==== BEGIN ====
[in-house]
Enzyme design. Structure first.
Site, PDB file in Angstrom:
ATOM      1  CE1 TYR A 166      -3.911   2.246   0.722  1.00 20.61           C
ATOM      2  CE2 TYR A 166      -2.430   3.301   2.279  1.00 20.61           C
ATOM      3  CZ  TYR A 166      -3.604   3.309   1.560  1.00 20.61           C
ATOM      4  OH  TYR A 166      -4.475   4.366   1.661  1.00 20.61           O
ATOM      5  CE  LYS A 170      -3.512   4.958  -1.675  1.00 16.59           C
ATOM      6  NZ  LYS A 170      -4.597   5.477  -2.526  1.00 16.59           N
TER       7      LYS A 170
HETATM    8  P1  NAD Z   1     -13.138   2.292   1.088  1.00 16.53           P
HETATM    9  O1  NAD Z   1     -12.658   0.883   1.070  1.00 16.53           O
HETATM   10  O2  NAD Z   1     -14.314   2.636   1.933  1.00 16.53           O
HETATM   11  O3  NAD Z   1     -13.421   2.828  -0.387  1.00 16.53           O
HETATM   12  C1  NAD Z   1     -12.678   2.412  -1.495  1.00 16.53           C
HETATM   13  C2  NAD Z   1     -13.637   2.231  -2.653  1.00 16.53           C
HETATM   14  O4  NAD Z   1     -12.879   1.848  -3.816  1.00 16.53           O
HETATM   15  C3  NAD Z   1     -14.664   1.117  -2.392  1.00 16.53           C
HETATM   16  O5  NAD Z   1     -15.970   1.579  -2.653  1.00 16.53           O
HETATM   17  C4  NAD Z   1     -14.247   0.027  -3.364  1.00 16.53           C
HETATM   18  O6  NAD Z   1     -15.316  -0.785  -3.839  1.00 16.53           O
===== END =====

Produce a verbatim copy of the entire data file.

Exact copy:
[in-house]
Enzyme design. Structure first.
Site, PDB file in Angstrom:
ATOM      1  CE1 TYR A 166      -3.911   2.246   0.722  1.00 20.61           C
ATOM      2  CE2 TYR A 166      -2.430   3.301   2.279  1.00 20.61           C
ATOM      3  CZ  TYR A 166      -3.604   3.309   1.560  1.00 20.61           C
ATOM      4  OH  TYR A 166      -4.475   4.366   1.661  1.00 20.61           O
ATOM      5  CE  LYS A 170      -3.512   4.958  -1.675  1.00 16.59           C
ATOM      6  NZ  LYS A 170      -4.597   5.477  -2.526  1.00 16.59           N
TER       7      LYS A 170
HETATM    8  P1  NAD Z   1     -13.138   2.292   1.088  1.00 16.53           P
HETATM    9  O1  NAD Z   1     -12.658   0.883   1.070  1.00 16.53           O
HETATM   10  O2  NAD Z   1     -14.314   2.636   1.933  1.00 16.53           O
HETATM   11  O3  NAD Z   1     -13.421   2.828  -0.387  1.00 16.53           O
HETATM   12  C1  NAD Z   1     -12.678   2.412  -1.495  1.00 16.53           C
HETATM   13  C2  NAD Z   1     -13.637   2.231  -2.653  1.00 16.53           C
HETATM   14  O4  NAD Z   1     -12.879   1.848  -3.816  1.00 16.53           O
HETATM   15  C3  NAD Z   1     -14.664   1.117  -2.392  1.00 16.53           C
HETATM   16  O5  NAD Z   1     -15.970   1.579  -2.653  1.00 16.53           O
HETATM   17  C4  NAD Z   1     -14.247   0.027  -3.364  1.00 16.53           C
HETATM   18  O6  NAD Z   1     -15.316  -0.785  -3.839  1.00 16.53           O